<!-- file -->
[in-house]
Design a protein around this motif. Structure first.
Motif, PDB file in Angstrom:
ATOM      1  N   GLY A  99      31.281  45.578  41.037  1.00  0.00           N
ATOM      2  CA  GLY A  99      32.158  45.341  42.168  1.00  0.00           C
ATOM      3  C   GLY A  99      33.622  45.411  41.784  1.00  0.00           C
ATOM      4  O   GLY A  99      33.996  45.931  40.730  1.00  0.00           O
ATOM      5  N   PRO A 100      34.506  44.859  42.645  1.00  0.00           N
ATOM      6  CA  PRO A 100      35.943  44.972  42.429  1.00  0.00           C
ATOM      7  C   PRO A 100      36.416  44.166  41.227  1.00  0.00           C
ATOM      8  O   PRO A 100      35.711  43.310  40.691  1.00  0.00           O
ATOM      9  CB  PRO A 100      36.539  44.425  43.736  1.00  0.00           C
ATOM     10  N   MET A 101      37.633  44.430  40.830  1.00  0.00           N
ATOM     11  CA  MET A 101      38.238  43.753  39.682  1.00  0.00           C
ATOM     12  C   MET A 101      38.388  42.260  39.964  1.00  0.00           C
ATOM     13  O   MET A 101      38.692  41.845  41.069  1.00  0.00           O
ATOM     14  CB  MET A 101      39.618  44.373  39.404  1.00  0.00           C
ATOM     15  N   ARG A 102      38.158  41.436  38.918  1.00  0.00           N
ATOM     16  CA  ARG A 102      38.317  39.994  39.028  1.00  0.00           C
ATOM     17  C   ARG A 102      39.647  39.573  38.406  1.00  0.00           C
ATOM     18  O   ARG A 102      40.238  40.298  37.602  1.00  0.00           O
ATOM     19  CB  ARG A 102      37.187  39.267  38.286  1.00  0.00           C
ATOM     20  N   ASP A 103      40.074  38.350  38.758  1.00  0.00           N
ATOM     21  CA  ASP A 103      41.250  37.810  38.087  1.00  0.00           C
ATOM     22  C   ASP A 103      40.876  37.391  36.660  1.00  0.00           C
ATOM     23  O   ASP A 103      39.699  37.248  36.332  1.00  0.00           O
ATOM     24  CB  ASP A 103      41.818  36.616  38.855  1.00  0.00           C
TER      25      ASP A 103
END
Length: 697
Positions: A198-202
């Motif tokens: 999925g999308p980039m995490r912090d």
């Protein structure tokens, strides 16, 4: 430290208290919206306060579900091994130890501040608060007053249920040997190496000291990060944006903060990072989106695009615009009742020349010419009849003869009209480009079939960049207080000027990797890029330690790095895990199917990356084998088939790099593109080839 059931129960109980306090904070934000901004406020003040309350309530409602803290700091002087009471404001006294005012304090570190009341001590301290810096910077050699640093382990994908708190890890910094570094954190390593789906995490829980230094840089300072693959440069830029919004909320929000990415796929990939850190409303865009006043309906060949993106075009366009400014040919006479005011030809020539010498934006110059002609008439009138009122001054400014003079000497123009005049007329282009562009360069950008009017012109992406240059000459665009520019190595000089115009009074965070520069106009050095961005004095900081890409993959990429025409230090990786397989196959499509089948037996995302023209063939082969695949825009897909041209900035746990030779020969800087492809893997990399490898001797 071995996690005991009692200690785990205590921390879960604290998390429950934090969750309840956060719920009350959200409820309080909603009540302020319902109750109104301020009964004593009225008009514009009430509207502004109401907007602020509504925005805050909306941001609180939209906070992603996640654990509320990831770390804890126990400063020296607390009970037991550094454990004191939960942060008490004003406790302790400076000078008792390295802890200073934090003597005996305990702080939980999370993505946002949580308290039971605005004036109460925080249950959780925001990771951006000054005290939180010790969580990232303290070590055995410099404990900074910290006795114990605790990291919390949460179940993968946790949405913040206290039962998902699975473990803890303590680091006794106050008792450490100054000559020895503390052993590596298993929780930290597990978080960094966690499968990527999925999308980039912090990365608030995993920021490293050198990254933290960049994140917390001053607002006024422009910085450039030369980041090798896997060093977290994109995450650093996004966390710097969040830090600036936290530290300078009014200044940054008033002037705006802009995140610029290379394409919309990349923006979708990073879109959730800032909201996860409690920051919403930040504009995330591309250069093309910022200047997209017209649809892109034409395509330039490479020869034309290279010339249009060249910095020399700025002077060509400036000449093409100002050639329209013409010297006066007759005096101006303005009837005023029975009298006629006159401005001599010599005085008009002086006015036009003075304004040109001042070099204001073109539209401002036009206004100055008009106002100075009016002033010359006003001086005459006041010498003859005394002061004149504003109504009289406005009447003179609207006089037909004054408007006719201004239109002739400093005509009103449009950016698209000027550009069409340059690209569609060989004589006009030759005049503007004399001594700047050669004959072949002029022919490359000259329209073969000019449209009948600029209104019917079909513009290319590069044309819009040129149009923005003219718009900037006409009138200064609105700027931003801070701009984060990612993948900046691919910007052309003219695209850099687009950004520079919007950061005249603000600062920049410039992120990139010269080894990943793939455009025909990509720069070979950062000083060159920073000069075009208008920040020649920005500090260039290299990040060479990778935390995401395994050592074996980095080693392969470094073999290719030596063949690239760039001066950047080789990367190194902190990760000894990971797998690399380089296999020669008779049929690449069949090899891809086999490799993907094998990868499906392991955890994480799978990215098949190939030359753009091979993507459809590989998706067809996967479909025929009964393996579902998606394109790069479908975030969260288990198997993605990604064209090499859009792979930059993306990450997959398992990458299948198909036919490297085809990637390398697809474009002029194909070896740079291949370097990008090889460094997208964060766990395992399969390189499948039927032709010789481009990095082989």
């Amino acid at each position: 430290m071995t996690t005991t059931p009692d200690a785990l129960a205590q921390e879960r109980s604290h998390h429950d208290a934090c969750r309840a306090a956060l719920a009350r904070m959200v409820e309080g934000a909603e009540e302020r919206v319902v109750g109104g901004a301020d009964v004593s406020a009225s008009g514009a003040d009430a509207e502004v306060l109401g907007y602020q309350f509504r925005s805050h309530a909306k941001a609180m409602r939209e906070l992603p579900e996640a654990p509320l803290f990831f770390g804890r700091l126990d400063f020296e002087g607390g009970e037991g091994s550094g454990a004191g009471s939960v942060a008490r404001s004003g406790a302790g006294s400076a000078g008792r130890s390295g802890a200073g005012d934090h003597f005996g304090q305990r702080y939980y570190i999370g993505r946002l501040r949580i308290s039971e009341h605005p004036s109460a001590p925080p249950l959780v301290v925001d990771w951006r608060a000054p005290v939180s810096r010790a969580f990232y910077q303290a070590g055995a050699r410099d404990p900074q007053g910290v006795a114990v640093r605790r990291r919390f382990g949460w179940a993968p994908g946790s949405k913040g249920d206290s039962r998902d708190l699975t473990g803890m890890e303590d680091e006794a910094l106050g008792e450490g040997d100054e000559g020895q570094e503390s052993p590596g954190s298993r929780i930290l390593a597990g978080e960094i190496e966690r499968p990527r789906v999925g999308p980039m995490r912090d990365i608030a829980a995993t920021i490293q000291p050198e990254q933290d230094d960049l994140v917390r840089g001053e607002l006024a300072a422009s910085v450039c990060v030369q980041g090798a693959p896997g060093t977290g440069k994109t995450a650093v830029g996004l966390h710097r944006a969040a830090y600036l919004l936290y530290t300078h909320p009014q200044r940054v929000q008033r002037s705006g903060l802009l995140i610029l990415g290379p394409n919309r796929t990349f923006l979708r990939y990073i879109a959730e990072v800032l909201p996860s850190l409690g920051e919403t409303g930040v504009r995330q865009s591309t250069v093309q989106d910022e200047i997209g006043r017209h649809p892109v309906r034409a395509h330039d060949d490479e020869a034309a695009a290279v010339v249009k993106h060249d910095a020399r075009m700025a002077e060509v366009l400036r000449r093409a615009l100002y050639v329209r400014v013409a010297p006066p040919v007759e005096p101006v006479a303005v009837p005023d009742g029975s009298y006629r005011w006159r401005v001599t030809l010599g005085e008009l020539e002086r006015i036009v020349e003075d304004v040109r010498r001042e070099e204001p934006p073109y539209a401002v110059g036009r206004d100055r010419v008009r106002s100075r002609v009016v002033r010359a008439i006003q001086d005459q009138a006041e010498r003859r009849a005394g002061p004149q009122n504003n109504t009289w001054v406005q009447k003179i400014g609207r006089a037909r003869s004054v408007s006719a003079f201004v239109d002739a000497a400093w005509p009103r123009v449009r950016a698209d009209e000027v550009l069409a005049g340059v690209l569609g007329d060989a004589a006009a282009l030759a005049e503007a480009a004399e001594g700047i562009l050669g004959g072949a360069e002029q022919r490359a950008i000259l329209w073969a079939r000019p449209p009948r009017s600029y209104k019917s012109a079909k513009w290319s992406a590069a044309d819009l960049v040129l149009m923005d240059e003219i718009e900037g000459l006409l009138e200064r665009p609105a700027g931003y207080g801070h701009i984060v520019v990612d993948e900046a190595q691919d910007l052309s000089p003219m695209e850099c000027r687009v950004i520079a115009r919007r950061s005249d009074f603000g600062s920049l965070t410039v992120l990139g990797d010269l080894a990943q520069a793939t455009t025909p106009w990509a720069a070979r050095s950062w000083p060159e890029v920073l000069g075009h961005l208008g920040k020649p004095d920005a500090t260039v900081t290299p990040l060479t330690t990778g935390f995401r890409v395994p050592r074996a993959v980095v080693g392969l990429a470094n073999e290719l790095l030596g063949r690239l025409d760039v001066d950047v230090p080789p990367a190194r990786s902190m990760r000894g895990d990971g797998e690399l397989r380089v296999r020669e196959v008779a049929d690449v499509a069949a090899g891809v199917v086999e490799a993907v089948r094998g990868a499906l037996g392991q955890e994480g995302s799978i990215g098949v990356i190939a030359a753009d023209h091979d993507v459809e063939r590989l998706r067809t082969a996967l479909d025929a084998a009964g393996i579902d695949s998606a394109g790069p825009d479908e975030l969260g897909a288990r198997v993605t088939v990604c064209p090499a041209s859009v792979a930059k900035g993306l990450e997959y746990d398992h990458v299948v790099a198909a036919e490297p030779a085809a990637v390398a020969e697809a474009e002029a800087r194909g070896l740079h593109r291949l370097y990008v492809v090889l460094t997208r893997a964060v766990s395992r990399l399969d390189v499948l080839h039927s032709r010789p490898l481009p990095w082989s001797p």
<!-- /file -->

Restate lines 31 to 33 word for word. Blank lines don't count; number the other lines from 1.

Positions: A198-202
């Motif tokens: 999925g999308p980039m995490r912090d």
């Protein structure tokens, strides 16, 4: 430290208290919206306060579900091994130890501040608060007053249920040997190496000291990060944006903060990072989106695009615009009742020349010419009849003869009209480009079939960049207080000027990797890029330690790095895990199917990356084998088939790099593109080839 059931129960109980306090904070934000901004406020003040309350309530409602803290700091002087009471404001006294005012304090570190009341001590301290810096910077050699640093382990994908708190890890910094570094954190390593789906995490829980230094840089300072693959440069830029919004909320929000990415796929990939850190409303865009006043309906060949993106075009366009400014040919006479005011030809020539010498934006110059002609008439009138009122001054400014003079000497123009005049007329282009562009360069950008009017012109992406240059000459665009520019190595000089115009009074965070520069106009050095961005004095900081890409993959990429025409230090990786397989196959499509089948037996995302023209063939082969695949825009897909041209900035746990030779020969800087492809893997990399490898001797 071995996690005991009692200690785990205590921390879960604290998390429950934090969750309840956060719920009350959200409820309080909603009540302020319902109750109104301020009964004593009225008009514009009430509207502004109401907007602020509504925005805050909306941001609180939209906070992603996640654990509320990831770390804890126990400063020296607390009970037991550094454990004191939960942060008490004003406790302790400076000078008792390295802890200073934090003597005996305990702080939980999370993505946002949580308290039971605005004036109460925080249950959780925001990771951006000054005290939180010790969580990232303290070590055995410099404990900074910290006795114990605790990291919390949460179940993968946790949405913040206290039962998902699975473990803890303590680091006794106050008792450490100054000559020895503390052993590596298993929780930290597990978080960094966690499968990527999925999308980039912090990365608030995993920021490293050198990254933290960049994140917390001053607002006024422009910085450039030369980041090798896997060093977290994109995450650093996004966390710097969040830090600036936290530290300078009014200044940054008033002037705006802009995140610029290379394409919309990349923006979708990073879109959730800032909201996860409690920051919403930040504009995330591309250069093309910022200047997209017209649809892109034409395509330039490479020869034309290279010339249009060249910095020399700025002077060509400036000449093409100002050639329209013409010297006066007759005096101006303005009837005023029975009298006629006159401005001599010599005085008009002086006015036009003075304004040109001042070099204001073109539209401002036009206004100055008009106002100075009016002033010359006003001086005459006041010498003859005394002061004149504003109504009289406005009447003179609207006089037909004054408007006719201004239109002739400093005509009103449009950016698209000027550009069409340059690209569609060989004589006009030759005049503007004399001594700047050669004959072949002029022919490359000259329209073969000019449209009948600029209104019917079909513009290319590069044309819009040129149009923005003219718009900037006409009138200064609105700027931003801070701009984060990612993948900046691919910007052309003219695209850099687009950004520079919007950061005249603000600062920049410039992120990139010269080894990943793939455009025909990509720069070979950062000083060159920073000069075009208008920040020649920005500090260039290299990040060479990778935390995401395994050592074996980095080693392969470094073999290719030596063949690239760039001066950047080789990367190194902190990760000894990971797998690399380089296999020669008779049929690449069949090899891809086999490799993907094998990868499906392991955890994480799978990215098949190939030359753009091979993507459809590989998706067809996967479909025929009964393996579902998606394109790069479908975030969260288990198997993605990604064209090499859009792979930059993306990450997959398992990458299948198909036919490297085809990637390398697809474009002029194909070896740079291949370097990008090889460094997208964060766990395992399969390189499948039927032709010789481009990095082989």